Another term commonly used in factoring transactions is “discounted present value,” which is defined in the NCOIL model transfer act as “the present value of future payments determined by discounting such payments to the present using the most recently published Applicable Federal Rate for determining the present value of an annuity, as issued by the United States Internal Revenue Service.” [18] The IRS discount rate, also known as the Applicable Federal Rate (AFR), is used to determine the charitable deduction for many types of planned gifts, such as charitable remainder trusts and gift annuities. The rate is the annual rate of return that the IRS assumes the gift assets will earn during the gift term. The IRS discount rate is published monthly (link to current rate may be found here). In Henderson Receivables Origination (above), the court calculated the discounted present value of the $63,364.94 to be transferred as $50,933.18 based on the applicable federal rate of 6.00%. [18] The “discounted present value” is a measuring stick for determining what the value of a future payment (i.e., a payment that is due in the year 2057) is today. Hence, the discounted present value of a payment corrects for inflation and the principle that money available today is worth more than money not accessible for 50 years (or some future time). However, the discounted present value is not the same thing as market value (what someone is willing to pay). Basically, a calculation that discounts a future payment based on IRS rates is an artificial number since it has no bearing on the payment’s actual selling price. For example, in Henderson Receivables Origination, it is somewhat confusing for the court to evaluate future payments totaling $63,364,94 based the discounted present value of $50,933.18 because that is not the market value of the payments. In other words, the annuitant couldn’t go out and get $50,933.18 for his future payments because no person or company would be willing to pay that much. Some states will require a quotient to be listed on the disclosure that is sent to the customer prior to entering into a contract with a factoring company. The quotient is calculated by dividing the purchase price by the discounted present value. The quotient (like the discounted present value) provides no relevance in the pricing of a settlement factoring transaction. In Henderson Receivables Origination (above), the court did consider this quotient which was calculated as 71.70% ($36,500/ $50,933.18). [19]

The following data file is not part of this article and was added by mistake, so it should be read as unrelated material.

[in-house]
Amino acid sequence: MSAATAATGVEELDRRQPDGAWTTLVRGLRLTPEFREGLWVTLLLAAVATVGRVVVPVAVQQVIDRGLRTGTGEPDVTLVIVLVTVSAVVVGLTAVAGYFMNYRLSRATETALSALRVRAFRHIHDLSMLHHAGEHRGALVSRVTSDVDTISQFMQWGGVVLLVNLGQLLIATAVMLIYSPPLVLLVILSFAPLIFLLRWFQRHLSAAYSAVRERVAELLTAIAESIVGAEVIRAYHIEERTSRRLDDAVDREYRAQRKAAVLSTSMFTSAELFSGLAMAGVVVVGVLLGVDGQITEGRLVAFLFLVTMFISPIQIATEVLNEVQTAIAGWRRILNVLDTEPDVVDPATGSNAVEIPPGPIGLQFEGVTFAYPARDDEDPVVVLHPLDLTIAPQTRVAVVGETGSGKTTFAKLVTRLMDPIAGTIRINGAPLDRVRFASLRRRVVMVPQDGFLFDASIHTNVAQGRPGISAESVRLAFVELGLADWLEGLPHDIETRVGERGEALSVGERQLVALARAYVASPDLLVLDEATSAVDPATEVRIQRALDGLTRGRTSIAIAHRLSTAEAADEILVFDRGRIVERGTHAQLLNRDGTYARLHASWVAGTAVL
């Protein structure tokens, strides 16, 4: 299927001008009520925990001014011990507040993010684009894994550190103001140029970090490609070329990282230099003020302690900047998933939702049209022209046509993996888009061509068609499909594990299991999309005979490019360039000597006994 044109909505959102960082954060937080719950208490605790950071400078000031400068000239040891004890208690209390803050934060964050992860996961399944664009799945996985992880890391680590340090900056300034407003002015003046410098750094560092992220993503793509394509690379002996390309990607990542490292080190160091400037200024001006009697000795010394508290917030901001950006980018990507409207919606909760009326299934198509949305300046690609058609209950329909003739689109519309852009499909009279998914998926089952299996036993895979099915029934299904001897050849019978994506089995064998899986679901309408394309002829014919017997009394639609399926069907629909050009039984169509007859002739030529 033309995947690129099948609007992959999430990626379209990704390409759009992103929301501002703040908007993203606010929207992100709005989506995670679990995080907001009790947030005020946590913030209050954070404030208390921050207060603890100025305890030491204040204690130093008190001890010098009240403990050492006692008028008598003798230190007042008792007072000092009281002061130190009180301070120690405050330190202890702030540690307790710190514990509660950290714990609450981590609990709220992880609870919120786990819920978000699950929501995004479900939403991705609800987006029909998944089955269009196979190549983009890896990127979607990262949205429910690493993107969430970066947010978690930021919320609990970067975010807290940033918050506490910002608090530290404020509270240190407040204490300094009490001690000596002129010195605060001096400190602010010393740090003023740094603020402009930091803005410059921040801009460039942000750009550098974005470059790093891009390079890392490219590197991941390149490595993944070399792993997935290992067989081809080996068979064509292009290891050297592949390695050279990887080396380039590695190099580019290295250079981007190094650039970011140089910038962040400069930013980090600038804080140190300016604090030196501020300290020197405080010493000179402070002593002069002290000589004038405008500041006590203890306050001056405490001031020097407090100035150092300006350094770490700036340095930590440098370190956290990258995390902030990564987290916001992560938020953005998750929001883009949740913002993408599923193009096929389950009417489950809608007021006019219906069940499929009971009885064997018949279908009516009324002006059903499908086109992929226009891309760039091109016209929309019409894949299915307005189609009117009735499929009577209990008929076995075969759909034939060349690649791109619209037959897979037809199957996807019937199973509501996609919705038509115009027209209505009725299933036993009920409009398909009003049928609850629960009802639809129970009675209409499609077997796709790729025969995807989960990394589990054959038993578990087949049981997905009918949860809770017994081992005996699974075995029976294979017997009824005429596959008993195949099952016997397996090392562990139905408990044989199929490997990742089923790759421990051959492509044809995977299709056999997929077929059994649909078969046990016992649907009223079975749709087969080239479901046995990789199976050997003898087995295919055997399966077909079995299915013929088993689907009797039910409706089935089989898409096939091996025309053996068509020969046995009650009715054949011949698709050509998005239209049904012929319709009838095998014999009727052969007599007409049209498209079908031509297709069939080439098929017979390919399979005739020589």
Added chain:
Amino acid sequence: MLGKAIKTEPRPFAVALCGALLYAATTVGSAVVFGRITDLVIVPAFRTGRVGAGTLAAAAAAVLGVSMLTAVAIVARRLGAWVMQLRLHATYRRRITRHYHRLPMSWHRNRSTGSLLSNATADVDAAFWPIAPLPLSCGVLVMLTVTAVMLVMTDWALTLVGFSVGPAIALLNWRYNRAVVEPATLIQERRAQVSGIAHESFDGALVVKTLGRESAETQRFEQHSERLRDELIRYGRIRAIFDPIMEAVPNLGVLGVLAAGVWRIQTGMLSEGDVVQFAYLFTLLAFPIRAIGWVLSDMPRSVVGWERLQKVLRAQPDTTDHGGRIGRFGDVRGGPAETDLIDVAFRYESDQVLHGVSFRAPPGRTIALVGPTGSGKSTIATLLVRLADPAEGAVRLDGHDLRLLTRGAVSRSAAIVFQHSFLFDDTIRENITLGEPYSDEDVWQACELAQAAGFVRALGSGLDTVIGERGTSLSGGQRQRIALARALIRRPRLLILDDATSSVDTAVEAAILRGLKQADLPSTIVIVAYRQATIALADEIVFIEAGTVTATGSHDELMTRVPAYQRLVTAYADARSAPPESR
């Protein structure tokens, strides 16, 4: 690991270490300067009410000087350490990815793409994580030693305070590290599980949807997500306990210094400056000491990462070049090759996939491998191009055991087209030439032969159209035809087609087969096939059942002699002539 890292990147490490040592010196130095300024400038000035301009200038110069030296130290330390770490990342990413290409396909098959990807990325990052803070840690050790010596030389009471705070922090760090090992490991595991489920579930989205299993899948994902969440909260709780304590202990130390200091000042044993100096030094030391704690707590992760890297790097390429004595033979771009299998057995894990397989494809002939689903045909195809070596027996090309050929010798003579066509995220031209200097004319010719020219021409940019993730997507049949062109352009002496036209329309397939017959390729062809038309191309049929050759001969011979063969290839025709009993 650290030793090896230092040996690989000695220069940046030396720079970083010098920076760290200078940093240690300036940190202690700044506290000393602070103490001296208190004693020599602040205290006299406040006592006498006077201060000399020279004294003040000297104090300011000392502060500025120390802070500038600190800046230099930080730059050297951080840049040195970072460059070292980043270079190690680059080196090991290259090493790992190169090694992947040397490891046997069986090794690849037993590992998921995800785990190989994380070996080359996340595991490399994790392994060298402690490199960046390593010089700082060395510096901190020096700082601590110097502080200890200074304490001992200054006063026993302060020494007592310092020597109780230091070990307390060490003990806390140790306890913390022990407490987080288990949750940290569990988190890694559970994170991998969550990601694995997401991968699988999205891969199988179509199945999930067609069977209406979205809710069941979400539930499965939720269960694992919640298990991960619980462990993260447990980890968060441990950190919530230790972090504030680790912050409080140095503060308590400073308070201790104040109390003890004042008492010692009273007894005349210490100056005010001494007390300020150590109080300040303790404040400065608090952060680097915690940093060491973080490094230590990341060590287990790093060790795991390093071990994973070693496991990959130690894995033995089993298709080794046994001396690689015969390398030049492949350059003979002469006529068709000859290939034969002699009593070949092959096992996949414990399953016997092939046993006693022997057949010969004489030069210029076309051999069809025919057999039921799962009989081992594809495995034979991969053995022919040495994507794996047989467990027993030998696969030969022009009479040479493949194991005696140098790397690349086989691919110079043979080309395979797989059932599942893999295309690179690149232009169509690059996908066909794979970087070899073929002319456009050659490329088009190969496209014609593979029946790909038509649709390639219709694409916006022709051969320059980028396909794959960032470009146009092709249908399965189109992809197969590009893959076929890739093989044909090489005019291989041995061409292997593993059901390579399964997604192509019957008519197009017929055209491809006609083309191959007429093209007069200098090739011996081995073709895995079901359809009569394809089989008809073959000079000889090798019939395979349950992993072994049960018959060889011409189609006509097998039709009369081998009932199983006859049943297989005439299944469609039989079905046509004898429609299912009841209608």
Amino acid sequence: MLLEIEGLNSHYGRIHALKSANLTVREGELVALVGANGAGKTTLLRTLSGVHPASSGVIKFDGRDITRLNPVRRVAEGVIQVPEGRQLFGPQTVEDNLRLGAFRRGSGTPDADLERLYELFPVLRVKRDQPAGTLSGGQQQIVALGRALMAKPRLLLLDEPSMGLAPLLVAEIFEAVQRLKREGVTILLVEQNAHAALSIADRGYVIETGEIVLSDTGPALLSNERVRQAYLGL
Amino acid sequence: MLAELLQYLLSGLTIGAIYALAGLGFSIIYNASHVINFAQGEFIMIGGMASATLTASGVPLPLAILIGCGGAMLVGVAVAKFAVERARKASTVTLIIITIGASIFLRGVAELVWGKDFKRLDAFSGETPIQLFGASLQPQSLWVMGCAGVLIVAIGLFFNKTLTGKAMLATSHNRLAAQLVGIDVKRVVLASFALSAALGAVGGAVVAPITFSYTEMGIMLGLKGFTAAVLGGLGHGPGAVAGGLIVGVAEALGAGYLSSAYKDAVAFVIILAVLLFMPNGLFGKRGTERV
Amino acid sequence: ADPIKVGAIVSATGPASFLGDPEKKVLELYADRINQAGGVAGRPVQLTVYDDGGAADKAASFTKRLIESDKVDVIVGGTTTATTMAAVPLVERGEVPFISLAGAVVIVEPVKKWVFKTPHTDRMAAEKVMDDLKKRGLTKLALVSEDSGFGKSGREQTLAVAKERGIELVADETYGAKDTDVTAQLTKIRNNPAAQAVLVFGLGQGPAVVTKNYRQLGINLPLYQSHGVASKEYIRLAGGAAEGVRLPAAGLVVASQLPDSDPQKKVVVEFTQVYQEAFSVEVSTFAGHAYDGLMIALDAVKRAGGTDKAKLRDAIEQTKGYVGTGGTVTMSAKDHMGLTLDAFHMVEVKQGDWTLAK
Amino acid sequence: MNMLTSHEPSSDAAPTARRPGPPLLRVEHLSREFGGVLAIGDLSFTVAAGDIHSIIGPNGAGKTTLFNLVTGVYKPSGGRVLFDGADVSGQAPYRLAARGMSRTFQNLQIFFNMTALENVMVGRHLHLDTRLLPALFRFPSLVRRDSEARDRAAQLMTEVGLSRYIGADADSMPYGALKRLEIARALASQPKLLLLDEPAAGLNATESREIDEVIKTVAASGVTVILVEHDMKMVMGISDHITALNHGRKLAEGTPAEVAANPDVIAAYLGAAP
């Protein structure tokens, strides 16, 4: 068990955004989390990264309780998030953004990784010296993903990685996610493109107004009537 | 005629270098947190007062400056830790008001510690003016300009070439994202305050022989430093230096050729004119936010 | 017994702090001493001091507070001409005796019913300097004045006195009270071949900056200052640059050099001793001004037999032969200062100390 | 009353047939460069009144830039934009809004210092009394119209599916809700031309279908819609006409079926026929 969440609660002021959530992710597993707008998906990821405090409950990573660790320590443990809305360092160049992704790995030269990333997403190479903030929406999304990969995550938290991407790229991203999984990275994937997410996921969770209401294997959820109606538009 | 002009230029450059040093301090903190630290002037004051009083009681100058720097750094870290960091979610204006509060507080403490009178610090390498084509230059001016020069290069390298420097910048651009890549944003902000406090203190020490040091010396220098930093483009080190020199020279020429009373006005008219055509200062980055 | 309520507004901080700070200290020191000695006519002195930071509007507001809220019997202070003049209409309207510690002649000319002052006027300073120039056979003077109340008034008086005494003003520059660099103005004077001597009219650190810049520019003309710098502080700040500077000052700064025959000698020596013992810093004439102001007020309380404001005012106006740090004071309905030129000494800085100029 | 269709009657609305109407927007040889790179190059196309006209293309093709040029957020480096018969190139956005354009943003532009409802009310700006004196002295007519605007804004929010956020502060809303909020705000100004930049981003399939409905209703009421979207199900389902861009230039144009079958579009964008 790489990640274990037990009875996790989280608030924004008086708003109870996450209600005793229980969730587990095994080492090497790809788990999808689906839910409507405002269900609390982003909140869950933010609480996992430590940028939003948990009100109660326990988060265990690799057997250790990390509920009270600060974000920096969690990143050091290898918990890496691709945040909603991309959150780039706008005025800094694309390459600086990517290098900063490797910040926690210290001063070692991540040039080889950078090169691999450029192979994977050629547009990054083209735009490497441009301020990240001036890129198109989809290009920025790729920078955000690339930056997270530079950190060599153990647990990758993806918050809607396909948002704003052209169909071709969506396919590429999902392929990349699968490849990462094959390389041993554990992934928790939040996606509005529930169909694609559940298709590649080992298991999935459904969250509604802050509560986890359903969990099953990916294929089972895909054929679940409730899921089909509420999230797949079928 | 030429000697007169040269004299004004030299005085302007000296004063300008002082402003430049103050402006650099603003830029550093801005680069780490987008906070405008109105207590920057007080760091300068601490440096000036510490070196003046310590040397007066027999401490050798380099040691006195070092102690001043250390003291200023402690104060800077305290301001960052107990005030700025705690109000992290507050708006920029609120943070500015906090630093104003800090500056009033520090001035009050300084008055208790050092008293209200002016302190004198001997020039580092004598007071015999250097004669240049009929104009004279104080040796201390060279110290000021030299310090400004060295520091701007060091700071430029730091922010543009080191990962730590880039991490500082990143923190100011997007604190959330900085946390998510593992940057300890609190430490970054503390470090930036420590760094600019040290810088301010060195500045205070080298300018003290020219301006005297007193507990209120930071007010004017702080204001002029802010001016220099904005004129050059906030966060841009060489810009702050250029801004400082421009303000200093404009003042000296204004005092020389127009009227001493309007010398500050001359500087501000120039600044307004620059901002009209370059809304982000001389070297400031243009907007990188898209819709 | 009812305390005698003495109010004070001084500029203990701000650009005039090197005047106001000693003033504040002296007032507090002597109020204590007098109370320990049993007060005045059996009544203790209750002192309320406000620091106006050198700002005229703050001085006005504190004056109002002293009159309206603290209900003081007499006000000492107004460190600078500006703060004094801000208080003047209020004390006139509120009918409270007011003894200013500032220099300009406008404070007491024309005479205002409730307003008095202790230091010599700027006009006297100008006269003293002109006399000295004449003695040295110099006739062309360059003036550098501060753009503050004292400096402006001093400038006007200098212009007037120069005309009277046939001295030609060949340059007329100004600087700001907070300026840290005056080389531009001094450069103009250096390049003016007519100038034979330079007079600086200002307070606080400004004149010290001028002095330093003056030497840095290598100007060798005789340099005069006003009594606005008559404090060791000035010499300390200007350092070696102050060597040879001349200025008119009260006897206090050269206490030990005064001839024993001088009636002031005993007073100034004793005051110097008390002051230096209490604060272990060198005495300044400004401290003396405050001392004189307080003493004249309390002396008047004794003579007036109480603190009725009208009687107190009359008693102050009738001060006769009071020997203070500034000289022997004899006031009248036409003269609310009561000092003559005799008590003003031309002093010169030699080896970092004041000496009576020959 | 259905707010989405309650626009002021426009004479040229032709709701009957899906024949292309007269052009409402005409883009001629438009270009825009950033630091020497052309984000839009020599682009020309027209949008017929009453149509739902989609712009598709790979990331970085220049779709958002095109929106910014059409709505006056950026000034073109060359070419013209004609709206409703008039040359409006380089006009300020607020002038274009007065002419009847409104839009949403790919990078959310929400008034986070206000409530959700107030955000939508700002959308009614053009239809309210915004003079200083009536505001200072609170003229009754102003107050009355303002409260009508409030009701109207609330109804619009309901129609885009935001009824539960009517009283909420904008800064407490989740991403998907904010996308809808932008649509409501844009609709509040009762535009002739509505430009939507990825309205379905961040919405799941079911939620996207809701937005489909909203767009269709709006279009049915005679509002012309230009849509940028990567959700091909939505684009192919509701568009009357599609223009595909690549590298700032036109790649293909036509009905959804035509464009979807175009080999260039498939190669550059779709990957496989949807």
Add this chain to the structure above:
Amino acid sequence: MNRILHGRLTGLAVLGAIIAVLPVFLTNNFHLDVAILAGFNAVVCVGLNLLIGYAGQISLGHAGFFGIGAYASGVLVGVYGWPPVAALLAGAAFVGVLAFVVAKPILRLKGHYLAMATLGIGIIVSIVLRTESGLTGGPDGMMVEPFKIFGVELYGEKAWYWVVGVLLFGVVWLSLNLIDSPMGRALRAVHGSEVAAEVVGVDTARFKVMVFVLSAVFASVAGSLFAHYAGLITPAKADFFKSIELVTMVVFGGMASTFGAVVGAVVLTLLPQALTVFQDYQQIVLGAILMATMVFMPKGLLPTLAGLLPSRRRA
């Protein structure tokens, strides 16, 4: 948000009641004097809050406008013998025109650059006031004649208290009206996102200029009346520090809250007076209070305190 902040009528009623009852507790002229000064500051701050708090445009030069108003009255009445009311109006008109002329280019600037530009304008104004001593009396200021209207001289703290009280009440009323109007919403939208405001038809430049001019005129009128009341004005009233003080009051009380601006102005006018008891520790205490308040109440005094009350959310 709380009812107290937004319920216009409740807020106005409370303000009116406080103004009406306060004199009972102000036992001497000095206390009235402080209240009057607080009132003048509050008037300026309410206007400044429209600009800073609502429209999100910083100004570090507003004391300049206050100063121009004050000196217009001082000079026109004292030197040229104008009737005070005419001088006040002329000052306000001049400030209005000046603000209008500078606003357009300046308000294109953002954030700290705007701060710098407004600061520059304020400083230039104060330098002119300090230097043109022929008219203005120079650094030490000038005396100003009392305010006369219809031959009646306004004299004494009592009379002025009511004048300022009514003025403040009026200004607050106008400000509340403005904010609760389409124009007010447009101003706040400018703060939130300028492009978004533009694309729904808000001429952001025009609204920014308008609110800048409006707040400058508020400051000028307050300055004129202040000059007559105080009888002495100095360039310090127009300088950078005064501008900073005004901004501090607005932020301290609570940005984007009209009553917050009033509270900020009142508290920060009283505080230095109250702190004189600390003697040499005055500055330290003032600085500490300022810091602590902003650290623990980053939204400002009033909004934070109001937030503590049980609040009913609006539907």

See also[edit]

References[edit]

[1] Daniel W. Hindert et al., Structured Settlements and Periodic Payment Judgments § 1-14–1-17 (Law Journal Press 2000).

[2] I.R.C. § 130.

[3] Adam F. Scales, Against Settlement Factoring? The Market In Tort Claims Has Arrived, 2002 Wis. L. Rev. 859, 868 (2002).

[4] Scales, supra note 3, at 869.

[5] Robert W. Wood, Taxation of Damage Awards and Settlement Payments 7--16 (Tax Institute 1991).

[6] Hindert, supra note 1, § 1-30.

[7] Adam F. Scales, supra note 3, at 876.

[8] Adam F. Scales, supra note 3, at 899.

[9] Hindert, supra note 1, § 8A-3.

[10] I.R.C. § 5891.

[11] I.R.C. § 5891; See, e.g., Model State Structured Settlement Protection Act §4; See also, Tex. Civ. Prac. & Rem. Code §141.

[12] In re Petition of Settlement Capital Corp., 774 N.Y.S.2d 635,638-39 (N.Y. Sup. Ct., 2003)

[13] Settlement Capital Corp. v. State Farm Mut. Auto. Ins. Co., 646 N.W.2d 550, 556 (Min. Ct. App. 2002).

[14] Id.

[15] Barr v. Hartford Life Ins. Co., 2004 NY Slip Op 50980U, 3, 4 (N.Y. Sup. Ct. 2004).

[16] In re Transfer of Structured Settlement Rights by Joseph Spinelli, 803 A.2d 172, 175 (N.J. Super. Ct. 2002).

[17] Henderson Receivables Origination, LLC v. Campos, 2006 N.Y. Slip Op. 52430(U) (N.Y. Sup. 2006).

[18] TX Revised Civil Statute Annotated § 141.002(4).

[19] Henderson Receivables Origination, LLC v. Campos, 2006 N.Y. Slip Op. 52430(U) (N.Y. Sup. 2006).

[20] http://sell-structured--settlement.blogspot.com/2013/01/selling-structured-settlement.html